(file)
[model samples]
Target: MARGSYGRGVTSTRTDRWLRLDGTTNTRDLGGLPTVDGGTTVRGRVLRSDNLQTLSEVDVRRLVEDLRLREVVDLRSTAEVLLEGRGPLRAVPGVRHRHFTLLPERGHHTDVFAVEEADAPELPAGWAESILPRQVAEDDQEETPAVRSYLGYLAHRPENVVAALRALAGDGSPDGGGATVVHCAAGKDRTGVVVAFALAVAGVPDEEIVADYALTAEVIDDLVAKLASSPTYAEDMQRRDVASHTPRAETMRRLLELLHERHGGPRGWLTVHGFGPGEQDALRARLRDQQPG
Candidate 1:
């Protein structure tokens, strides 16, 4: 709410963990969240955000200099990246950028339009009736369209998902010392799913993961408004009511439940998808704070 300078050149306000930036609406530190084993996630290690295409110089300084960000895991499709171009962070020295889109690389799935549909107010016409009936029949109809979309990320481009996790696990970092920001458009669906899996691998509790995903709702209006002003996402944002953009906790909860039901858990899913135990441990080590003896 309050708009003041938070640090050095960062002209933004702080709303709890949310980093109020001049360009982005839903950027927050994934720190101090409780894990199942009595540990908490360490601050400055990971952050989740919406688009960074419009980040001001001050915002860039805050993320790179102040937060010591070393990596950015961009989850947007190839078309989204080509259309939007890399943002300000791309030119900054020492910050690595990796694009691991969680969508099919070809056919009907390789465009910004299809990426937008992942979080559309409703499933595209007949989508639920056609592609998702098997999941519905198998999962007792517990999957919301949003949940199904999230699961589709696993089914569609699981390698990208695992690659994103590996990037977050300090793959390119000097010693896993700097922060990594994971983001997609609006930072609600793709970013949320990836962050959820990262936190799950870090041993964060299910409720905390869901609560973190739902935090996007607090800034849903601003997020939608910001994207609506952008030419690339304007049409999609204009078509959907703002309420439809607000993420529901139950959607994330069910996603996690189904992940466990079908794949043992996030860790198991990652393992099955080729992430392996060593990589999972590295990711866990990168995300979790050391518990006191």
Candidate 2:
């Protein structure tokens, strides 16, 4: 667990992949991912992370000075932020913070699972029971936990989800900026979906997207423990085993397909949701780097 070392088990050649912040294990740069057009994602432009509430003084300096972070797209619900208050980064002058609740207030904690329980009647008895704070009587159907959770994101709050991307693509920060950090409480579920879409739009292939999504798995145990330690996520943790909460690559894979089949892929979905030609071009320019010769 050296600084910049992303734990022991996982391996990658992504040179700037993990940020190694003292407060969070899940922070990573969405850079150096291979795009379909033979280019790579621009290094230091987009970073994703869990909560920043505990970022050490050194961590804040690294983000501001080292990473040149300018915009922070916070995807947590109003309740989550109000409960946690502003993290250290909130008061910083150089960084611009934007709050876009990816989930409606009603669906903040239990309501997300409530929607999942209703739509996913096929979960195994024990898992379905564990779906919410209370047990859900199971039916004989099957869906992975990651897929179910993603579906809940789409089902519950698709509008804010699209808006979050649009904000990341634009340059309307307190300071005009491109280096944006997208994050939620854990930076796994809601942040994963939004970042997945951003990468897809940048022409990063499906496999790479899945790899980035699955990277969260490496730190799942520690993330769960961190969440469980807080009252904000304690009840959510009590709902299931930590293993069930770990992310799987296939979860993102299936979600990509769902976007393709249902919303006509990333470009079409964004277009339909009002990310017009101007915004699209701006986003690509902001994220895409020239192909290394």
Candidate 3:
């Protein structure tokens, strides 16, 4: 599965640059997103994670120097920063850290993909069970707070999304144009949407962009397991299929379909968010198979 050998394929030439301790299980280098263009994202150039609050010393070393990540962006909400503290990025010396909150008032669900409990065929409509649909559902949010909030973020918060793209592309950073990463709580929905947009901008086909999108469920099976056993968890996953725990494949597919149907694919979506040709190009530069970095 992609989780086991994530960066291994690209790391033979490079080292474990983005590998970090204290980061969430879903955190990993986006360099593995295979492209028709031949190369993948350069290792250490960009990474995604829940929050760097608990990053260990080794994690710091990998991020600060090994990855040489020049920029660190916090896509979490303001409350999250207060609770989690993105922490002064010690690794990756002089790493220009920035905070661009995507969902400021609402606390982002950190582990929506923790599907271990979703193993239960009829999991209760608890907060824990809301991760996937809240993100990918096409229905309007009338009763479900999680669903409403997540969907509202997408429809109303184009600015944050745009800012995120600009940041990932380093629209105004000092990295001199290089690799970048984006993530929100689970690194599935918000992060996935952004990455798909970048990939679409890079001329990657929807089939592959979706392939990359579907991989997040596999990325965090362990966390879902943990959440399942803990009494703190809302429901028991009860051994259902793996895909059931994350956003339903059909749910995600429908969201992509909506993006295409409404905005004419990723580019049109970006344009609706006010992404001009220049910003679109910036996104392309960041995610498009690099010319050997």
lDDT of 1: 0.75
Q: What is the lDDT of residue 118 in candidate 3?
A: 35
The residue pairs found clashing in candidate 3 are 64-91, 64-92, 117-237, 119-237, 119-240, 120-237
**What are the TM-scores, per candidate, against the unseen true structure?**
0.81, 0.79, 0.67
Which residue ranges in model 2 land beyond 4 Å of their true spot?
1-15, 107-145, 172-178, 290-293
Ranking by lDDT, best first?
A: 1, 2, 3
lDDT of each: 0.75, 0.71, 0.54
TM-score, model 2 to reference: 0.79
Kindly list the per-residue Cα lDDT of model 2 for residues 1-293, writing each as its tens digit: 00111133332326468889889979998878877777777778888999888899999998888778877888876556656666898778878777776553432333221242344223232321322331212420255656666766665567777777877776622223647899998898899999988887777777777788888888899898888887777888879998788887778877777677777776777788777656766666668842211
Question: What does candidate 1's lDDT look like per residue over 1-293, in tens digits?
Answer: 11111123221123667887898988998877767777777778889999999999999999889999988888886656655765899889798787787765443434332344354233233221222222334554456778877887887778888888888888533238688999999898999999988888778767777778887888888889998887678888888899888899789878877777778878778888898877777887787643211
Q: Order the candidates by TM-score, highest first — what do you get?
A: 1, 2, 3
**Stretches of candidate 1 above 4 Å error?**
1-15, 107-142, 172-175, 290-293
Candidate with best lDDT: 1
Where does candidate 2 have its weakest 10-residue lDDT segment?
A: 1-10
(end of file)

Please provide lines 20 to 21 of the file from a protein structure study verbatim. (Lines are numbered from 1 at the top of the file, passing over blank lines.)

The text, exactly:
TM-score, model 2 to reference: 0.79
Kindly list the per-residue Cα lDDT of model 2 for residues 1-293, writing each as its tens digit: 00111133332326468889889979998878877777777778888999888899999998888778877888876556656666898778878777776553432333221242344223232321322331212420255656666766665567777777877776622223647899998898899999988887777777777788888888899898888887777888879998788887778877777677777776777788777656766666668842211